Barudoni Building’s granite walls came in handy during 1914 fire
Rocklin History Tour
This is the ninth installment of a 19-part series in which Gary Day will take readers on a tour of Rocklin’s historic sites. You can find the sites yourself with a handy Rocklin History Tour booklet, available at the Rocklin History Museum, 3895 Rocklin Road. GPS coordinates were provided by Brian Ignaut. Short stories about Rocklin’s history are at www.rocklinhistory.org/history_series.asp.
The Barudoni Building is at 5250 Front St., across from the Old Saint Mary’s Chapel. Meat broker Joseph Barudoni built it in 1905 as a meat market, with an office for Dr. Woodbridge on the second floor. The building’s walls are blocks of Rocklin granite.
Front Street was a bustling commercial district in 1905. Wood-framed hotels, saloons and retails shops flanked the Barudoni Building to the north and south. Among these, to the north, was Porter’s Saloon, Rocklin’s most popular watering hole. On a windy day in May 1914, fire broke out at Porter’s and consumed all of the buildings to the north. These buildings were never rebuilt. The Barudoni Building’s granite walls saved the buildings to the south, but the fire ended Front Street’s time as a center of commercial activity.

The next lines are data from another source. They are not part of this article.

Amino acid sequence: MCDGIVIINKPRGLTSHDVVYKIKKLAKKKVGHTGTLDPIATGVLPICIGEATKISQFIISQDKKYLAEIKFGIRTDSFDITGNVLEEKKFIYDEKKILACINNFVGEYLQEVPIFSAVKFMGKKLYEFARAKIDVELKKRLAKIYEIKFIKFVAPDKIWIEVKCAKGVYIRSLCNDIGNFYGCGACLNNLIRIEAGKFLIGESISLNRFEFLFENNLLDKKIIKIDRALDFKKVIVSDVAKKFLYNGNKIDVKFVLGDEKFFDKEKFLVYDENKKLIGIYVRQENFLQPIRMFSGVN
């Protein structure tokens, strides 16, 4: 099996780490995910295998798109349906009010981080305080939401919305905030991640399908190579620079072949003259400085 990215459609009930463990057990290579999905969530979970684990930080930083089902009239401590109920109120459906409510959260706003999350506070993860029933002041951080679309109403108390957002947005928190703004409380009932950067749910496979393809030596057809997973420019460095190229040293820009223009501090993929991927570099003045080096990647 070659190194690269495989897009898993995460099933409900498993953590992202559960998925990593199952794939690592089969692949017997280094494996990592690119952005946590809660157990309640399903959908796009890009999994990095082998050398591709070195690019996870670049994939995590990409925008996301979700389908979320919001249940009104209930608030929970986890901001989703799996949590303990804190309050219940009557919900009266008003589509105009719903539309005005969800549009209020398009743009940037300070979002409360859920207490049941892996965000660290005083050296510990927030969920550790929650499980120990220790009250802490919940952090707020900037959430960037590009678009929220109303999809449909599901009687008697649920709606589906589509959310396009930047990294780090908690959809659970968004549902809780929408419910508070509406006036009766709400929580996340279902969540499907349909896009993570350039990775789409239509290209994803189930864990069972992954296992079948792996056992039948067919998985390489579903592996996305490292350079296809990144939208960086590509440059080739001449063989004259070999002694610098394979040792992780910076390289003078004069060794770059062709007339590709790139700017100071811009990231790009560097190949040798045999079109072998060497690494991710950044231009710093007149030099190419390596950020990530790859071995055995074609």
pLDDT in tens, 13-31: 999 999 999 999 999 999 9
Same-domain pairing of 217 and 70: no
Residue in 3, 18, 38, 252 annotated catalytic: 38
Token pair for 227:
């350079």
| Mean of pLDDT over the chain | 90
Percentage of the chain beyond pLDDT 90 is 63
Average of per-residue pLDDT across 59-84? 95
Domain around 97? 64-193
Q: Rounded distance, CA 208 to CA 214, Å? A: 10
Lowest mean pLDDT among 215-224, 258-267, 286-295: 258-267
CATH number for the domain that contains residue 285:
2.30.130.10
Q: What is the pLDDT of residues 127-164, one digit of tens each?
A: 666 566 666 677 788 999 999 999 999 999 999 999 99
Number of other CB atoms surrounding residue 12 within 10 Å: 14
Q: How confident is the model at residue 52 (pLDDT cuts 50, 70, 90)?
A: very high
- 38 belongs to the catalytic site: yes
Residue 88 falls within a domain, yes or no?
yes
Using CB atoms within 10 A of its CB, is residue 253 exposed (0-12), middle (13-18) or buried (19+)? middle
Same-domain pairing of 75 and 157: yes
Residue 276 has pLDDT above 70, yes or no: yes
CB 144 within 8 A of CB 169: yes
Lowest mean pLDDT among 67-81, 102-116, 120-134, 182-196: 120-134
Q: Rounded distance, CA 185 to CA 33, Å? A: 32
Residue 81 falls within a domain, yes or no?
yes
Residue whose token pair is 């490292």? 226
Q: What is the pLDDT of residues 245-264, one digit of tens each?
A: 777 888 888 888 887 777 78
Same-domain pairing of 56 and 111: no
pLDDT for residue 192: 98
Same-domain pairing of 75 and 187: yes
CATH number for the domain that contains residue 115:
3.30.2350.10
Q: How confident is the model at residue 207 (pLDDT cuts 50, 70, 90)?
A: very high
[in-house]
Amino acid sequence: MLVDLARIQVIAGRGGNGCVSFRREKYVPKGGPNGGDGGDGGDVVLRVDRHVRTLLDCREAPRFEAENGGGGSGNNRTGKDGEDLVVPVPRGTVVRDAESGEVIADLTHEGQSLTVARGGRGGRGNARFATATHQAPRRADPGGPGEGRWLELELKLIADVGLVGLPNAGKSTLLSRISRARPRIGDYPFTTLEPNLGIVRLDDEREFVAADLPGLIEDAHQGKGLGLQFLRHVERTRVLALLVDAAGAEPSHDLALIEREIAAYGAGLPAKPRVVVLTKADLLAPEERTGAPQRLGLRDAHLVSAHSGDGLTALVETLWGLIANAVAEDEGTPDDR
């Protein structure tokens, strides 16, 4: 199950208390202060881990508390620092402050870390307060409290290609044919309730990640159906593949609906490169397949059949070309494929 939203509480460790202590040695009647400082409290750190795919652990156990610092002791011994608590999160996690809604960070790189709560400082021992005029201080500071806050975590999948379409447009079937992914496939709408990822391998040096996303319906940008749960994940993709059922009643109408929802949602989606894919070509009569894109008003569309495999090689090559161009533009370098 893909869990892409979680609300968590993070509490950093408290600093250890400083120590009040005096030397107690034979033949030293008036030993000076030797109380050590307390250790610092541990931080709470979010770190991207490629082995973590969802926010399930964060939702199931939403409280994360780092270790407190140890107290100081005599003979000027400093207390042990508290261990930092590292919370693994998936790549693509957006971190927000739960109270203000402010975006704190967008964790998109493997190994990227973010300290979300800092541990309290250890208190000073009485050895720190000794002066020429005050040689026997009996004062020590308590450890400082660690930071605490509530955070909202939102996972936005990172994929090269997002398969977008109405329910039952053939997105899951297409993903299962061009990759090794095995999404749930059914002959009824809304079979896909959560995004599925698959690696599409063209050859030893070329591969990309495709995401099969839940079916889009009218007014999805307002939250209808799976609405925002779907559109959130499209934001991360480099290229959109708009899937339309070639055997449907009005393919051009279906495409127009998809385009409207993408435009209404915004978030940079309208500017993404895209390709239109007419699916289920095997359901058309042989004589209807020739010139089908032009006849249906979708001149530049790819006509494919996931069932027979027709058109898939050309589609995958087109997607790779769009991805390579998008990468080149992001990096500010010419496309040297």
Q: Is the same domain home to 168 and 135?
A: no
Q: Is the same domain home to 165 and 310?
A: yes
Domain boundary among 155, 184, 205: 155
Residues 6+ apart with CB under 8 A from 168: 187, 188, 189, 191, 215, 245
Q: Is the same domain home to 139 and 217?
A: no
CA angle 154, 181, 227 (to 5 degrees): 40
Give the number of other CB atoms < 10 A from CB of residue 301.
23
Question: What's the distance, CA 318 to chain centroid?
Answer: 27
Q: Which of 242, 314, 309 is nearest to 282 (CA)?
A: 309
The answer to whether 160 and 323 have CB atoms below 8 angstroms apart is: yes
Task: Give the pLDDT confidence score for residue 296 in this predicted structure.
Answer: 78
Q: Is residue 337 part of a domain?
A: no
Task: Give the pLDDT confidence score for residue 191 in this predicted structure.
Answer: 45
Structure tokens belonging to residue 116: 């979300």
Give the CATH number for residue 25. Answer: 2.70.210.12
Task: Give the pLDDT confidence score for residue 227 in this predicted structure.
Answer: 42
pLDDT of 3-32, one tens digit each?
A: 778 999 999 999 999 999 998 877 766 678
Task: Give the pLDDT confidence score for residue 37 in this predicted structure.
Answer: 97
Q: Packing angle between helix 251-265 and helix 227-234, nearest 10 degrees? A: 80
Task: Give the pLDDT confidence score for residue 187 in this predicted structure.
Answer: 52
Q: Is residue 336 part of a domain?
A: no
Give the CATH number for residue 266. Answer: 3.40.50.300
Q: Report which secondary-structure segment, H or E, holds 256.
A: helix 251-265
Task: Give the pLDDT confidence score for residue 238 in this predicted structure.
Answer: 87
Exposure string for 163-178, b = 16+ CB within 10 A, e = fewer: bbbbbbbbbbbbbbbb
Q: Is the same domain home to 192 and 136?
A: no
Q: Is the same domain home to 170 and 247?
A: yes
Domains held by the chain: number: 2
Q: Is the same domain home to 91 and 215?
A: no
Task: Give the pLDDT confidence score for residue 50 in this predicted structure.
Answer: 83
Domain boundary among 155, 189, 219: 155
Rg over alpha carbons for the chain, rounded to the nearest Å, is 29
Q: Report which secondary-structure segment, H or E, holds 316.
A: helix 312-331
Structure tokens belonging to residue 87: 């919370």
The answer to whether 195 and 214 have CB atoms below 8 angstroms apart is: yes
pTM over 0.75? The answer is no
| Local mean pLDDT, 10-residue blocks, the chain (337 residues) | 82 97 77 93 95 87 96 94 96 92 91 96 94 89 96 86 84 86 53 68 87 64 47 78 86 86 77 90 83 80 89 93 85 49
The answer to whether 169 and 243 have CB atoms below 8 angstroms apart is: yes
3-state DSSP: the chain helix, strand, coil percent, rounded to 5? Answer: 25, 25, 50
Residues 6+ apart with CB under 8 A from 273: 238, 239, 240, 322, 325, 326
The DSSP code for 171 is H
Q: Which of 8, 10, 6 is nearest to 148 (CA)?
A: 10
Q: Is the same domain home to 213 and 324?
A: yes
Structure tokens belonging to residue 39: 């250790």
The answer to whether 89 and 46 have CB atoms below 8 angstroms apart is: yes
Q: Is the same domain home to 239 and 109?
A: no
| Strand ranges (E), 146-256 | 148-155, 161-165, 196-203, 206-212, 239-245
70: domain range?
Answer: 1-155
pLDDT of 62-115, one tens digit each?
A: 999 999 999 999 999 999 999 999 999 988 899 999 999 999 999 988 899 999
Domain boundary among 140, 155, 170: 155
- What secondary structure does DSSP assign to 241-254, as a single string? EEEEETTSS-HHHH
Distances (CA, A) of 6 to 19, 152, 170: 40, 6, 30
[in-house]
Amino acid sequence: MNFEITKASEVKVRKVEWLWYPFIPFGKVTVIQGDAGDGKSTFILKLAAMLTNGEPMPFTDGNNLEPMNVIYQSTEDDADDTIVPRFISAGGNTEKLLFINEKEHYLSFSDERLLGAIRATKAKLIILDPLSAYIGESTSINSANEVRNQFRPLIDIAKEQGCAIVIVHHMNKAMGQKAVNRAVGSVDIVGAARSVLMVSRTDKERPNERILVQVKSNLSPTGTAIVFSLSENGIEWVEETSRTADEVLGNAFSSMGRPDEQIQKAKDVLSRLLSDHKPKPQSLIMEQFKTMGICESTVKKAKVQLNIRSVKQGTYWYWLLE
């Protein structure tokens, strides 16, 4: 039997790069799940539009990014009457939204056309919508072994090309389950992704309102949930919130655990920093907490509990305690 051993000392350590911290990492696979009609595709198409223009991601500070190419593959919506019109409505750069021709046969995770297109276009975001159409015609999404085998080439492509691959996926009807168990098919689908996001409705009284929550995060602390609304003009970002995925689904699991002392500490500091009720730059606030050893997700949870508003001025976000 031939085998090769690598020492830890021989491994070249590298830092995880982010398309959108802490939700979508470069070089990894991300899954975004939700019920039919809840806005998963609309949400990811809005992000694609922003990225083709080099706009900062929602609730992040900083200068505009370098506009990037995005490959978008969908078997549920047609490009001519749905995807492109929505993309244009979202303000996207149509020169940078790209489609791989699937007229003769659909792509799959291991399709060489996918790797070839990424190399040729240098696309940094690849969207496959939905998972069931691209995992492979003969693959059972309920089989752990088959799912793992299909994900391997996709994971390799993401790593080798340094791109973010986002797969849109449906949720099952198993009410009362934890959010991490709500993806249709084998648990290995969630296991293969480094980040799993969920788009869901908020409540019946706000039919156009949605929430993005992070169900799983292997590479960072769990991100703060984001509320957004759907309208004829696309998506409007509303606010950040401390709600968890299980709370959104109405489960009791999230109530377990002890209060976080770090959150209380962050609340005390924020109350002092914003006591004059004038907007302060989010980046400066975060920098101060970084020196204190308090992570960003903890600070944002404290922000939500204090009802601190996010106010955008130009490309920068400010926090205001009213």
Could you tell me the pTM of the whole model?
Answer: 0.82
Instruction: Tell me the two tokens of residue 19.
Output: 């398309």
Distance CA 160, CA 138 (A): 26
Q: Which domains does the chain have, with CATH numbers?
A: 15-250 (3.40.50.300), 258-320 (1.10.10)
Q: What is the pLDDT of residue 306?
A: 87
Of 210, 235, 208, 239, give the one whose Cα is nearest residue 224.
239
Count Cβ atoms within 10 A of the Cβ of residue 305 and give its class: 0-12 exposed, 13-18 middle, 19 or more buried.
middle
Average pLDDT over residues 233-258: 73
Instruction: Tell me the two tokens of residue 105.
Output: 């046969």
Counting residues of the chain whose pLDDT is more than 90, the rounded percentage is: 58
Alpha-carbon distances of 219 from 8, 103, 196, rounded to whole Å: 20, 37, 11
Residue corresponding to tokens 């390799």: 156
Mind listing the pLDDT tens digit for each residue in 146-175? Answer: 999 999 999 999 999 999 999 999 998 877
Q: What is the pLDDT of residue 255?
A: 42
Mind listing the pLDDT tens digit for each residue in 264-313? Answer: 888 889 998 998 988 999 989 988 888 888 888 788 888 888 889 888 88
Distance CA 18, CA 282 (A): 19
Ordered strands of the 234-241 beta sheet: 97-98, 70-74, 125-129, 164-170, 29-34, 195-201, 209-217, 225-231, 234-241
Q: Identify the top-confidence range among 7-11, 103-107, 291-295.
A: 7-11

Joseph Barudoni died six months after the fire, and his family eventually sold the building.
In 1954, a successor owner extracted granite blocks from the upper walls to construct a gas station in Ophir. The station is demolished now, but the granite blocks are strewn about the Ophir landscape nearby. Subsequent Barudoni owners filled the gaps with wooden framing.
In the mid-20th century the Barudoni building was a feed store, and later an antique shop and a recording studio. Two residential apartments are on the second floor.
The main floor of the building is now vacant and the Rocklin Historical Society is looking for ideas to propose to the owner for its use. Email email@example.com.